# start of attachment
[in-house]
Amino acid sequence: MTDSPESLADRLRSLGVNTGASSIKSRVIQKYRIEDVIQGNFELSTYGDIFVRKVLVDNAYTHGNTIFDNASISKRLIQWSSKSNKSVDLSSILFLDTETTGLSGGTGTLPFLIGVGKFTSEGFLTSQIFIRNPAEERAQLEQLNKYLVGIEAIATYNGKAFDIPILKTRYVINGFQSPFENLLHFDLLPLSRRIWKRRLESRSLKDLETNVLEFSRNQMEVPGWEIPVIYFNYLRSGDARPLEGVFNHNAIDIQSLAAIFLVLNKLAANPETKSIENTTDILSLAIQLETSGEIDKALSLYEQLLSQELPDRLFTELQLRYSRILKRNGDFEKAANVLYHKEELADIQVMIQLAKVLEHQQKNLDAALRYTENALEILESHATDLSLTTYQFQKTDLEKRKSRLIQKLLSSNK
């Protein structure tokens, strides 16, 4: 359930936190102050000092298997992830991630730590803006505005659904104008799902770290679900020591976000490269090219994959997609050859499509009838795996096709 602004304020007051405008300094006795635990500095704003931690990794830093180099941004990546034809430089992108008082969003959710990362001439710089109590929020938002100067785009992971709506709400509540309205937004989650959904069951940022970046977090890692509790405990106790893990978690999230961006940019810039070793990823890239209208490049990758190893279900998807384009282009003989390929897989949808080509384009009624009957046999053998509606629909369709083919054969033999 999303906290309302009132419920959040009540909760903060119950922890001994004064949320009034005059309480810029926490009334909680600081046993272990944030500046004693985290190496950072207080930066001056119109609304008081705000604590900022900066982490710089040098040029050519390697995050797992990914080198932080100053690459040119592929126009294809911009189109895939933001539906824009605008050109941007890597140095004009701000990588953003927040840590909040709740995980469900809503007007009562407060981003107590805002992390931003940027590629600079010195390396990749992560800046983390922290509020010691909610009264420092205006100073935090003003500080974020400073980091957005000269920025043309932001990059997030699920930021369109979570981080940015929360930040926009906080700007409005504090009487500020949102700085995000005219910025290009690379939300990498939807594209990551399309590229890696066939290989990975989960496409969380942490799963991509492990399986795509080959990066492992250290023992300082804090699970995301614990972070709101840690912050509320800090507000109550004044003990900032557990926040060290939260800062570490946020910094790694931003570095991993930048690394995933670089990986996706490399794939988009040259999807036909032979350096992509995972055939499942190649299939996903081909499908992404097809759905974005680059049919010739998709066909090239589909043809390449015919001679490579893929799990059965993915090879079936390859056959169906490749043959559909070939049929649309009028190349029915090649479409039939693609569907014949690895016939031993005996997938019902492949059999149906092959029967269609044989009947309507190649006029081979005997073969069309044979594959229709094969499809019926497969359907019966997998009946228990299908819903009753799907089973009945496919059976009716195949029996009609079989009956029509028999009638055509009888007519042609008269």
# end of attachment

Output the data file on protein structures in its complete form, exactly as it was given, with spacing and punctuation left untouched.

[in-house]
Amino acid sequence: MTDSPESLADRLRSLGVNTGASSIKSRVIQKYRIEDVIQGNFELSTYGDIFVRKVLVDNAYTHGNTIFDNASISKRLIQWSSKSNKSVDLSSILFLDTETTGLSGGTGTLPFLIGVGKFTSEGFLTSQIFIRNPAEERAQLEQLNKYLVGIEAIATYNGKAFDIPILKTRYVINGFQSPFENLLHFDLLPLSRRIWKRRLESRSLKDLETNVLEFSRNQMEVPGWEIPVIYFNYLRSGDARPLEGVFNHNAIDIQSLAAIFLVLNKLAANPETKSIENTTDILSLAIQLETSGEIDKALSLYEQLLSQELPDRLFTELQLRYSRILKRNGDFEKAANVLYHKEELADIQVMIQLAKVLEHQQKNLDAALRYTENALEILESHATDLSLTTYQFQKTDLEKRKSRLIQKLLSSNK
């Protein structure tokens, strides 16, 4: 359930936190102050000092298997992830991630730590803006505005659904104008799902770290679900020591976000490269090219994959997609050859499509009838795996096709 602004304020007051405008300094006795635990500095704003931690990794830093180099941004990546034809430089992108008082969003959710990362001439710089109590929020938002100067785009992971709506709400509540309205937004989650959904069951940022970046977090890692509790405990106790893990978690999230961006940019810039070793990823890239209208490049990758190893279900998807384009282009003989390929897989949808080509384009009624009957046999053998509606629909369709083919054969033999 999303906290309302009132419920959040009540909760903060119950922890001994004064949320009034005059309480810029926490009334909680600081046993272990944030500046004693985290190496950072207080930066001056119109609304008081705000604590900022900066982490710089040098040029050519390697995050797992990914080198932080100053690459040119592929126009294809911009189109895939933001539906824009605008050109941007890597140095004009701000990588953003927040840590909040709740995980469900809503007007009562407060981003107590805002992390931003940027590629600079010195390396990749992560800046983390922290509020010691909610009264420092205006100073935090003003500080974020400073980091957005000269920025043309932001990059997030699920930021369109979570981080940015929360930040926009906080700007409005504090009487500020949102700085995000005219910025290009690379939300990498939807594209990551399309590229890696066939290989990975989960496409969380942490799963991509492990399986795509080959990066492992250290023992300082804090699970995301614990972070709101840690912050509320800090507000109550004044003990900032557990926040060290939260800062570490946020910094790694931003570095991993930048690394995933670089990986996706490399794939988009040259999807036909032979350096992509995972055939499942190649299939996903081909499908992404097809759905974005680059049919010739998709066909090239589909043809390449015919001679490579893929799990059965993915090879079936390859056959169906490749043959559909070939049929649309009028190349029915090649479409039939693609569907014949690895016939031993005996997938019902492949059999149906092959029967269609044989009947309507190649006029081979005997073969069309044979594959229709094969499809019926497969359907019966997998009946228990299908819903009753799907089973009945496919059976009716195949029996009609079989009956029509028999009638055509009888007519042609008269």